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A 'sword in the side of prohibition'

Published: 30 Sep 2012 12:0096 comments

A HEALTH campaigner who uses cannabis to ease the crippling pains of Multiple Sclerosis (MS) found himself on a national stage this week when he starred in a mini-documentary aired on Channel 4.

Life-changing: Multiple Sclerosis sufferer Clark French shows a note from a US doctor authorising the drug for his condition

Clark French from Lower Earley claims his appearance on on Tuesday night will prove a "springboard" in his campaign for the drug to be legalised in Britain for medicinal use.

The 26-year-old from Sutcliffe Avenue, who triggered a fierce debate on the Chronicle's website last month when we exclusively revealed how his campaign was sparked by a three-month trip to California where the drug is available for medicinal use, said after the programme: "It's really exciting. I hope to use this to get my story out there and use it as a springboard for more media attention. My whole Facebook wall has exploded with comments and with people congratulating me.

"It solidifies my belief that I have a valid argument and I plan to be a sword in the side of prohibition."

During the five-minute programme the former Reading University student speaks passionately about how the drug has eased his two year battle with the degenerative disease which previously forced him to use a walking stick. He denies it is a "gateway drug" leading to harder substances and claims its illegal status leaves him at the mercy of "the drug dealers and gangs",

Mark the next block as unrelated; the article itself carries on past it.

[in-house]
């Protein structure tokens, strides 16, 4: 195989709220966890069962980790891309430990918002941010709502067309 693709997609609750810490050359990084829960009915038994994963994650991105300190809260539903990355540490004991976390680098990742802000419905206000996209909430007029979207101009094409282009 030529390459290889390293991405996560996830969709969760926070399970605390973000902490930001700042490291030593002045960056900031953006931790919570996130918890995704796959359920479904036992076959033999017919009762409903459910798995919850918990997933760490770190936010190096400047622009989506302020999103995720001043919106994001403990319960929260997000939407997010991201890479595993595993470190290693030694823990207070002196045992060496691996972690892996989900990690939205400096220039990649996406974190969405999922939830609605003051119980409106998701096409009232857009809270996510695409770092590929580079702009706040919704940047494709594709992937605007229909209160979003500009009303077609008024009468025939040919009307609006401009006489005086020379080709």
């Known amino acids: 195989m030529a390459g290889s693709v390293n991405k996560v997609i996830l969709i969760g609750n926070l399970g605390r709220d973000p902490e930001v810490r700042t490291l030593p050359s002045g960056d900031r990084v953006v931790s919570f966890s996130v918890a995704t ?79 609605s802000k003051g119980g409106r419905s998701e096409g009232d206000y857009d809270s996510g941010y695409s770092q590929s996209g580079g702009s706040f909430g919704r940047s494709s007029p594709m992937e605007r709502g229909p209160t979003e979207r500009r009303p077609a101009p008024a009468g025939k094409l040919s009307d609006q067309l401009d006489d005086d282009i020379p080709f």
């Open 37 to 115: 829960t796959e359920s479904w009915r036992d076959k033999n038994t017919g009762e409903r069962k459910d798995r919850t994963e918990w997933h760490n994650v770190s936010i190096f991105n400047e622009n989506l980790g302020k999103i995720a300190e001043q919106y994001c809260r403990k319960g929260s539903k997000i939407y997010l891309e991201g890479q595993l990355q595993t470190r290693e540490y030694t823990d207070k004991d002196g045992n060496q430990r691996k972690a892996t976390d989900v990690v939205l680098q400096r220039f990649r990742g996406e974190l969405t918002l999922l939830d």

While in California he obtained a prescription for oral capsules containing cannabis oil and after his return home uses a topical cannabis cream which he rubs on his limbs. He also smokes and eats the drug.

He said: "It's an emotional and emotive subject for me. My whole quality of life has improved with it and I shouldn't be denied a medicine that works."

*Clark also founded campaign group The Berkshire Cannabis Community which meets from 7.30pm on Monday, October 29, in Reading International Solidarity Centre (RISC) in London Street. See

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